Illustration

Summer Session 2016

Continuing CCA student registration for on-campus summer courses March 4-27 through WebAdvisor; registration for nondegree students begins on March 28.

Illustration Tools: Tattoo Design

Instructor: Aaron Hodges
Oakland / ILLUS–250 / 20 sessions
Prerequisite: Illustration 4 and/or Jr. standing
May 23-June 30 (no class 5/30), Mon./Tues./Thurs., 6-10 p.m.
& June 4, Sat., 9 a.m.-5 p.m.
& June 11 & 18, Sat. 10 a.m.-5 p.m.

Part lecture/discussion and part studio practice, this course investigates the history of tattooing throughout civilization with a final focus on the state of tattooing in popular culture today. We discuss the specific purpose of images and symbolism in tattooing and gain an understanding of the cultural and social importance of body adornment throughout history. Students create tattoo art based on the discoveries we make in class, while thinking about the ways in which tattoos respond to, and interact with, their home, the body. Readings, discussions, and medium based projects guide us in understanding why permanent body adornment has been with man as far back as 5200 B.C.

This course satisfies an Illustration Tools requirement or a Studio Elective.

Illustration Tools: Comics

Instructor: Chris Koehler, Sam Sattin
San Francisco / ILLUS–250 / 23 sessions
Prerequisite: Illustration 4 and/or Jr. standing
July 5-August 11, Mon.-Thurs., 3:30-7:30 p.m.

Illustration Tools: Comics (Sequential Illustration) aims to teach students the history, context, and art of making comics. The class builds around a series of exercises and assignments culminating in the creation of an actual comic and a comic pitch. Assignments and instruction are divided between the ideation and writing of comics and the craft and visual aspects of making comics. The goal is for students to articulate their own ideas literally and visually to create their own sequential narratives.

The writing portion of the class is led by acclaimed novelist and comic writer Samuel Sattin. Students examine fundamentals of storytelling as they relate not just to comics and graphic novels, but also to narrative as a whole. Combining a curriculum of comics, novels, and hybrid works with class activities and critique, students gain a firmer comprehension of the craft. Techniques taught include world building, character development, story structure & strategy, script crafting, and revision.

The art and techniques workshops are taught by award winning illustrator and comic artist Chris Koehler and cover all techniques necessary to make comics, including thumbnailing and sketching panel from a script, creating panel layouts and sequential narrative, character and scene design, layout, inking techniques, coloring, lettering.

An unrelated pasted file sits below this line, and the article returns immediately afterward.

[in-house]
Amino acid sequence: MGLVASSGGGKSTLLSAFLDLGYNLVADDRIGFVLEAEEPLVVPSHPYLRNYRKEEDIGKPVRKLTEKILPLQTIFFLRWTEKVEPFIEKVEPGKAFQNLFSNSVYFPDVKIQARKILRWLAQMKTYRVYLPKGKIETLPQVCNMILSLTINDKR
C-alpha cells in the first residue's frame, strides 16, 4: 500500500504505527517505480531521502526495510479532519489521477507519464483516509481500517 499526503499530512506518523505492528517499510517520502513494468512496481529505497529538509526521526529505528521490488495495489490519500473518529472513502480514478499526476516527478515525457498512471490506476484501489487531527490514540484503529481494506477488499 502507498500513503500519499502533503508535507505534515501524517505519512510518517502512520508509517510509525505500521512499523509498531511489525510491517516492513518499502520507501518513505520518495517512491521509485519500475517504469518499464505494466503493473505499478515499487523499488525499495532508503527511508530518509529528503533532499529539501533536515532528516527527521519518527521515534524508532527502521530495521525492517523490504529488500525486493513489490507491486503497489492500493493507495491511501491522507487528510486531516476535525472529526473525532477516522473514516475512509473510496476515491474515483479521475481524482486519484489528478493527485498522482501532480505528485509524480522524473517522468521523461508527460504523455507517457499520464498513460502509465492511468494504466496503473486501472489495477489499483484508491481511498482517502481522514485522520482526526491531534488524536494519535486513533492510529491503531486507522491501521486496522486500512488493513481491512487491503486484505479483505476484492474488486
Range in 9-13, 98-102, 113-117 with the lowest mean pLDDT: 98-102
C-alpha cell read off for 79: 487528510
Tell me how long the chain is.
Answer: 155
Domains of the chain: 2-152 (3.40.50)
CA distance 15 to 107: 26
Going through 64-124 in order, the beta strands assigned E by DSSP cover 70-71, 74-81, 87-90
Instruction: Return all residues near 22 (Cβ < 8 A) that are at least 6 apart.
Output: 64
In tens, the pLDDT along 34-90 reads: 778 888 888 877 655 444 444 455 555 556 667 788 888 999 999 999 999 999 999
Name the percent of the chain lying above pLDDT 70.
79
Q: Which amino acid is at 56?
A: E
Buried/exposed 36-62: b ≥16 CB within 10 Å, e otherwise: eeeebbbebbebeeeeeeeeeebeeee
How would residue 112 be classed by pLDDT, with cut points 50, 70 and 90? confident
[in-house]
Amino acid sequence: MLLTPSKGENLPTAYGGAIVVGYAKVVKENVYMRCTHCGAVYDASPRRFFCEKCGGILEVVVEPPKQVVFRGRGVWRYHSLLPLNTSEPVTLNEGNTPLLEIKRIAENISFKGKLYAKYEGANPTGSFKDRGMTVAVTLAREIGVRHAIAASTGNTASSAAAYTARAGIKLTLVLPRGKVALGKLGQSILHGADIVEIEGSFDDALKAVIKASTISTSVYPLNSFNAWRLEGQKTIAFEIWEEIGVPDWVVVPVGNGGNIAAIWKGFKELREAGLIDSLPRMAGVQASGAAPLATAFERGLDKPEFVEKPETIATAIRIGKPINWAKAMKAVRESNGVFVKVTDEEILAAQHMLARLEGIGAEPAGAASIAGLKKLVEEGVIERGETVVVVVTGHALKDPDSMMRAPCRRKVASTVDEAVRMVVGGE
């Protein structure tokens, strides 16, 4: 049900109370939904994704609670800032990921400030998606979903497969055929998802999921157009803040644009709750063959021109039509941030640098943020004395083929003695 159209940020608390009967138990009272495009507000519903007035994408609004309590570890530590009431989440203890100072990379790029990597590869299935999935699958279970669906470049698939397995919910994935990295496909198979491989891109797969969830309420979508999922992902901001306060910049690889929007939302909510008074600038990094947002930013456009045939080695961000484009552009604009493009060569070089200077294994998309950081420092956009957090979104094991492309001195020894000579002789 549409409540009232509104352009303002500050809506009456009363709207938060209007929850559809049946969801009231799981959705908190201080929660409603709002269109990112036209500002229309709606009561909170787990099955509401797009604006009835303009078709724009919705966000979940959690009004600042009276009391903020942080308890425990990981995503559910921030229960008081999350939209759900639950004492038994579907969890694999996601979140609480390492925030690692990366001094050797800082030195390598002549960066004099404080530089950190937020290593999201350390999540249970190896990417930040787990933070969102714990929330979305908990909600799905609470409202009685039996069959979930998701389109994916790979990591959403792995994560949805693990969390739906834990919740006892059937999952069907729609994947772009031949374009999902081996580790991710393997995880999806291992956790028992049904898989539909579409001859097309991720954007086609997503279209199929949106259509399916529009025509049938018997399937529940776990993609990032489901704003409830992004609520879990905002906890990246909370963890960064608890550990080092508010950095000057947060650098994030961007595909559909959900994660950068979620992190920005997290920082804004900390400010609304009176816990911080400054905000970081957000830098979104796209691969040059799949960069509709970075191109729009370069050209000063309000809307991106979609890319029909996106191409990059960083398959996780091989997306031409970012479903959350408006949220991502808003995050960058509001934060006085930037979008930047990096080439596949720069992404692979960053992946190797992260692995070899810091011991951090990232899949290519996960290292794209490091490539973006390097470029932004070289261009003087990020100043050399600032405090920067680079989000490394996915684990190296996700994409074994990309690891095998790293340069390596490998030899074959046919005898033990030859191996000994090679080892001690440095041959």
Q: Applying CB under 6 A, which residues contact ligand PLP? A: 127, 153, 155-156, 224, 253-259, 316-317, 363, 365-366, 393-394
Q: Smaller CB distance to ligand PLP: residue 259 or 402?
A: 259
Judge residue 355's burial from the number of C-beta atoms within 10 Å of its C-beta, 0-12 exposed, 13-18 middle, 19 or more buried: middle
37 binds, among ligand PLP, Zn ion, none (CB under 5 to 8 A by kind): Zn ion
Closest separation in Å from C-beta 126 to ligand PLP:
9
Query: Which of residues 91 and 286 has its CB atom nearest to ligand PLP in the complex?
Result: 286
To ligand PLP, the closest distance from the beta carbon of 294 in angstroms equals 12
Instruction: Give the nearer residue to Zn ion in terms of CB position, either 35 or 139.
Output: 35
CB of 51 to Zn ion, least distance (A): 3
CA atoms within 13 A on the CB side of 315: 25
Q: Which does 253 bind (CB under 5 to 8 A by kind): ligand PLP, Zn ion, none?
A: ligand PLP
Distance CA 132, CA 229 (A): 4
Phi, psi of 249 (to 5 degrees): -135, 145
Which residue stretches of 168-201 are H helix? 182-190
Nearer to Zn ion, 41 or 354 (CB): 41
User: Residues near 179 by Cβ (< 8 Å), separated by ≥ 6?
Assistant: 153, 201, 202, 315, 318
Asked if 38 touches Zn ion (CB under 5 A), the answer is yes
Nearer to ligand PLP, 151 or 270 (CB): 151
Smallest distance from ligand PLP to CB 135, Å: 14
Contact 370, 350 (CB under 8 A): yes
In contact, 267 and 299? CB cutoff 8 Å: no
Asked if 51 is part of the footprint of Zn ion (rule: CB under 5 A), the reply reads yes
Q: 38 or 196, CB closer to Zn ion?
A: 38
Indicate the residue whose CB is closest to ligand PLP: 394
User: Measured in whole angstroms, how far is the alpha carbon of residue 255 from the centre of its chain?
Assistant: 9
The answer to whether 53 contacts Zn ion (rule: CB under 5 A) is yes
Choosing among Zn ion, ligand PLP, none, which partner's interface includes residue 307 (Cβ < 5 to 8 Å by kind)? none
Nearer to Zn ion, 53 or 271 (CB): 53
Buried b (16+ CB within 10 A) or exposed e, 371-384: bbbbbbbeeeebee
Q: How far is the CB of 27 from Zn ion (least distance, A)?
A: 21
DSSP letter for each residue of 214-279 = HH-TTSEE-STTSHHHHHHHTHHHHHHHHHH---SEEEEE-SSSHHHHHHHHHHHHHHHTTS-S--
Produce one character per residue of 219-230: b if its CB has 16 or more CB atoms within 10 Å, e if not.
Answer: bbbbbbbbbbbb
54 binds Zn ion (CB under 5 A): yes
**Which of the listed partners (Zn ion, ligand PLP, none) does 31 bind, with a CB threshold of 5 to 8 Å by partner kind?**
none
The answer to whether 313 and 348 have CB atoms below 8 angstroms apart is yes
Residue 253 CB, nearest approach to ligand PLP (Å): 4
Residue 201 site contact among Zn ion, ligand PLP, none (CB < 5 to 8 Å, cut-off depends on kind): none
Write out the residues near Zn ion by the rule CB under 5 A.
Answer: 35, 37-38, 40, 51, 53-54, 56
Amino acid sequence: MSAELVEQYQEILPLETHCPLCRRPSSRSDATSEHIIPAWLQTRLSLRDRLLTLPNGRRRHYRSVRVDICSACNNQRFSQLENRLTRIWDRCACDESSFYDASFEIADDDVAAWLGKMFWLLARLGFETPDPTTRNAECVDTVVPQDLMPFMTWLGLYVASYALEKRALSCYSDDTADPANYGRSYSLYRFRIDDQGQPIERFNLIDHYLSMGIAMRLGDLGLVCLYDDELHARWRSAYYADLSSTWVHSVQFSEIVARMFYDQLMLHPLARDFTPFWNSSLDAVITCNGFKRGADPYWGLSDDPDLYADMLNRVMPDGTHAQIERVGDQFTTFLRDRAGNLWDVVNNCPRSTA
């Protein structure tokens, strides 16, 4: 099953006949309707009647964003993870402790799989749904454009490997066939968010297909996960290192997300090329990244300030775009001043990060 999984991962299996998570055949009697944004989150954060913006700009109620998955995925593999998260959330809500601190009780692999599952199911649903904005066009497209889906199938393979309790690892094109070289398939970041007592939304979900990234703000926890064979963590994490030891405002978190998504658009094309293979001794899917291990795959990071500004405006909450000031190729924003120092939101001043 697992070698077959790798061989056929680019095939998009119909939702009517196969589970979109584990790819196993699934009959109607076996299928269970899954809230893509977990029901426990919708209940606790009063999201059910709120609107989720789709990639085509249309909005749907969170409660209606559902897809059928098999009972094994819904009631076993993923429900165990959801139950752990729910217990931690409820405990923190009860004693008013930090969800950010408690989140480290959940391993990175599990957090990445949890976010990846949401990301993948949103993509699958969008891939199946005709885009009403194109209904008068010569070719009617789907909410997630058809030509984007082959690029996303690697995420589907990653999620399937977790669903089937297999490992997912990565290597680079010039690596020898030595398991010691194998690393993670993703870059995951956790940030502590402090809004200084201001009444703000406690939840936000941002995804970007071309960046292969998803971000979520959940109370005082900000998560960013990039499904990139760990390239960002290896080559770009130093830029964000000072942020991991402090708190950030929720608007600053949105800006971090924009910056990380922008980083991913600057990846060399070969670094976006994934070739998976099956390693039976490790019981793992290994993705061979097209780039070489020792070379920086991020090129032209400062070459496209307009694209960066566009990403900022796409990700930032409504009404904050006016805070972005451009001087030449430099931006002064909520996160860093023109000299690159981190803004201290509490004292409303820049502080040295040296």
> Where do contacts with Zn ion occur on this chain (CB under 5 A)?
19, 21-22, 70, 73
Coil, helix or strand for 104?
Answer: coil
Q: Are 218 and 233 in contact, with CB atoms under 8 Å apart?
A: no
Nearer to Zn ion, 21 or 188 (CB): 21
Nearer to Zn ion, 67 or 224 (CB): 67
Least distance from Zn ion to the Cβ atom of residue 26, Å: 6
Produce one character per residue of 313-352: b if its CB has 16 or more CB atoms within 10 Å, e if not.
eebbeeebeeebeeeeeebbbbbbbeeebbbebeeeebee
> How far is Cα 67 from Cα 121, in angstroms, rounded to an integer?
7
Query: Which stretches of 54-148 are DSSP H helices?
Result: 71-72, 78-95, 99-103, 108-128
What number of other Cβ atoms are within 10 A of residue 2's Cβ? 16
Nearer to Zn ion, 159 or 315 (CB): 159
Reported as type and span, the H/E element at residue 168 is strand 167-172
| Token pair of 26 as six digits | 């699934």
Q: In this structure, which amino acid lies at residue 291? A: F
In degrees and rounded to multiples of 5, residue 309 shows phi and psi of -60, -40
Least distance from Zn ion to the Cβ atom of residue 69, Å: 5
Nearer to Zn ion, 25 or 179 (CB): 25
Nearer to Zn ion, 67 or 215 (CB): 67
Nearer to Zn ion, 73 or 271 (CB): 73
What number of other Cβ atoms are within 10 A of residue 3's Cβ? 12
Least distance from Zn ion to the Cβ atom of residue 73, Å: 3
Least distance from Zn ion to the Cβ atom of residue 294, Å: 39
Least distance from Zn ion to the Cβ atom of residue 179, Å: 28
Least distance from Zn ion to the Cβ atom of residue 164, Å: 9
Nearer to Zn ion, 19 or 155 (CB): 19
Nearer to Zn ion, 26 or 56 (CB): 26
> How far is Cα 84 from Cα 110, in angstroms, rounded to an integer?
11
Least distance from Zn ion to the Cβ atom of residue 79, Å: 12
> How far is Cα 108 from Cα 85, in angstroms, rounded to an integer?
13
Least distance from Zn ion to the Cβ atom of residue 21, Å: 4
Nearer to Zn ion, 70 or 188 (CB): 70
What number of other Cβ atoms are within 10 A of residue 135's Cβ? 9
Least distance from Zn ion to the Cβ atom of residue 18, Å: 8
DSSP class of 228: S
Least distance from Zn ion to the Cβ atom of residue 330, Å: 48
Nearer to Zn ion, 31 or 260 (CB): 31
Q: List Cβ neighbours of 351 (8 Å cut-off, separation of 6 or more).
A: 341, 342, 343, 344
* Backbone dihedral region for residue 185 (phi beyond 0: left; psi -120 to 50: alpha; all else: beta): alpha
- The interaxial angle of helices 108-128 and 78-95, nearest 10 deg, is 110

Reviews and critiques, led by both Samuel and Chris, help students stay on track, provide meaningful and constructive feedback, and allow students to encourage and inspire their peers.

Over the course of the six-week session, students should come to understand the comic creation process and feel empowered to passionately create visual narratives and tell stories through the medium of comics. Additionally, students learn the workings of the comics industry and how to pitch a comic project to a publisher. (3 credits)

This course satisfies an Illustration Tools requirement or a Studio Elective.

Illustration Tools: Figure Sculpture

Instructor: Owen Smith
Oakland / ILLUS–251 / 15 sessions
Prerequisite: Life Drawing, or Illus Tools B: From Figure to Final, or Body-in-Motion
July 25-August 12, Mon.-Fri., 9 a.m.-4 p.m.

This class is designed for any student wishing to gain a greater understanding of the human figure. Painters, who normally translate a three-dimensional subject into two dimensions, benefit from sculpting because it can free the imagination to visualize the figure in a variety of angles and gestures.

Sculpting sessions with live models progress from gestural figure sketches in clay, to head studies, to full figure renderings. While exploring the physical qualities of the medium, the techniques of building structural supports, and the use of various tools, students work through the challenges of capturing a figure’s anatomy, proportions, weight, action, balance, and tension.

Through slide lectures and a field trip, the class delves into the variety and application of sculptural technique. In addition to in-class model sessions, students create a final project: either a hand study, or a character figure. The ceramic clay pieces produced in the class will be kiln-fired. (3 credits)

This course satisfies an Illustration Tools requirement or a Studio Elective.

The following summer study-abroad course also satisfies an Illustration requirement:
London/Paris: Across the Pond (Media History)